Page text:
New Polo to continue its 42-year success.
During its annual meeting in Wolfsburg, Volkswagen took the opportunity to announce that the sixth-generation Volkswagen Polo would be rolling off production lines next month. The Polo Mk6 will replace the immensely-popular Mk5, which has been with us since 2010.
For its 42nd year in production, the new Polo sees the adoption of a new platform, a new range of engines, tweaked suspension, and significant technical enhancements. It’s also reported that the Mk6 Polo will also be bigger yet lighter than the model it replaces.
Judging by leaked photos that we carried a while ago, the new Polo will sport a design that’s more dynamic and athletic compared to the outgoing model. The headlights, with internals that integrate seamless into the grille, help give the car a design element that is reminiscent of the current-generation Passat, while emphasising the width of the small car. A more sloping roofline and structured rump will also see the Polo right, with more and more of its competitors sporting similarly mature designs.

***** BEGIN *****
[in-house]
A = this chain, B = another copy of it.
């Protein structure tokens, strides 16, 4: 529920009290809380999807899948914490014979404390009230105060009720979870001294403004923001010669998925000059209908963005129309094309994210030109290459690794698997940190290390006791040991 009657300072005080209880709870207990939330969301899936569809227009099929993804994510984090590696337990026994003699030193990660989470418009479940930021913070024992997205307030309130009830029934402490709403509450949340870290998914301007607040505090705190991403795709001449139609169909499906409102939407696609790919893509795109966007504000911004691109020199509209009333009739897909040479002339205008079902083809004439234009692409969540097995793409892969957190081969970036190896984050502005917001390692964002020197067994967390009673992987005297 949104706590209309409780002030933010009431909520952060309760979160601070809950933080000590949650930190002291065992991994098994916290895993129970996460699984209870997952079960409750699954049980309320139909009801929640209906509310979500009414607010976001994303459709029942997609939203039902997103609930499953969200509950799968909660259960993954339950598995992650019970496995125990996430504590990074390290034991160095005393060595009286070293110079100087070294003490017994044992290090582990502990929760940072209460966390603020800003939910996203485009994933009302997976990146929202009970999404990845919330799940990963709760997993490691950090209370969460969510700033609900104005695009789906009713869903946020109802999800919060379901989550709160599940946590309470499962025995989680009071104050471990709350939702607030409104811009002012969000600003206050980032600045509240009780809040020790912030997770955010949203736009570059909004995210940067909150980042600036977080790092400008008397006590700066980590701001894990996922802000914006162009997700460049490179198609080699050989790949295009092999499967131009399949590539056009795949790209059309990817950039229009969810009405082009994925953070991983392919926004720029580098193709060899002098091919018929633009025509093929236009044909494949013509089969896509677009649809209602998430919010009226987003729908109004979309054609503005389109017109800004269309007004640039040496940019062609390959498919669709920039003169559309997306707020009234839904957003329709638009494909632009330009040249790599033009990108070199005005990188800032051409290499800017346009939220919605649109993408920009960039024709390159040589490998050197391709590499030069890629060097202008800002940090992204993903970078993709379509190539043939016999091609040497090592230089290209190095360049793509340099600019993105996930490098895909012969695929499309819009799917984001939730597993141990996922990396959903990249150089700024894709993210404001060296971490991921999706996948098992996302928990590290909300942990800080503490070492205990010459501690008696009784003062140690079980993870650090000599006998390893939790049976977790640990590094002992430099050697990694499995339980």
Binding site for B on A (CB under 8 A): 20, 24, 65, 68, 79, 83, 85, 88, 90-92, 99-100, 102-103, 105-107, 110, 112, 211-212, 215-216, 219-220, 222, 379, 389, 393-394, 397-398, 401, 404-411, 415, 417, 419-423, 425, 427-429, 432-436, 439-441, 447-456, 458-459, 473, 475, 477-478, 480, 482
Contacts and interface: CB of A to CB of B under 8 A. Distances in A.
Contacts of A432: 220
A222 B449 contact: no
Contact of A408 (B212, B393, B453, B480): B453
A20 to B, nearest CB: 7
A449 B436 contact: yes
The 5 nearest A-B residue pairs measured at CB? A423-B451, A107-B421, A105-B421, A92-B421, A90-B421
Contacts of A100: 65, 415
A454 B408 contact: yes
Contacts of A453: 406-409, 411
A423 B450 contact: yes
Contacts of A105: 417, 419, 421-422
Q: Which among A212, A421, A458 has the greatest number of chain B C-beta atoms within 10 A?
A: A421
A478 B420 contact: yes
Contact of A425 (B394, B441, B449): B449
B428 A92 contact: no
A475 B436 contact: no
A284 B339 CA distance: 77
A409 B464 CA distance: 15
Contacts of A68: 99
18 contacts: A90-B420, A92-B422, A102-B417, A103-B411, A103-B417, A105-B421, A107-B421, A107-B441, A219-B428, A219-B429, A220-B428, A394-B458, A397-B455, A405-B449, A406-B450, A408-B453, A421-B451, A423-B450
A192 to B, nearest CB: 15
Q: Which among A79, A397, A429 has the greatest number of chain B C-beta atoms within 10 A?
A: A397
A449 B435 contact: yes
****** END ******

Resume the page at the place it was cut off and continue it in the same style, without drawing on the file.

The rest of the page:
The MQB-based Mk6 Polo will be one of many cars that will eventually use this platform. Once the Polo is underway, expect to see Seat and Skoda derivatives, along with SUV/crossover type offerings based on the same underpinnings. The Polo is, visually at least, larger than the model it replaces, which should translate to improved cabin space and practicality.
The cabin itself should be an all-new design, though it isn’t likely to stray too far from the Volkswagen corporate design language evident across its model range. It’s likely to continue to show its value with use of soft-touch materials and well-engineered switchgear, and will probably offer some of the technology that’s now in play with its larger siblings. Optional equipment may include things like a fully-digital instrument display, autonomous parking, keyless entry, and improved infotainment systems.
Expect to see powertrain options range from a 1.0-litre turbo-petrol three-pot, climbing to a 1.4-litre turbo-petrol 4-cylinder unit. The petrol engines will then continue with a turbo 2.0-litre engine, which will find a home beneath the nose of the new Polo GTi. There will be a 1.6-litre oiler too, along with a short-range petrol-electric ‘mild-hybrid’ powertrain. No full-EV on the cards here.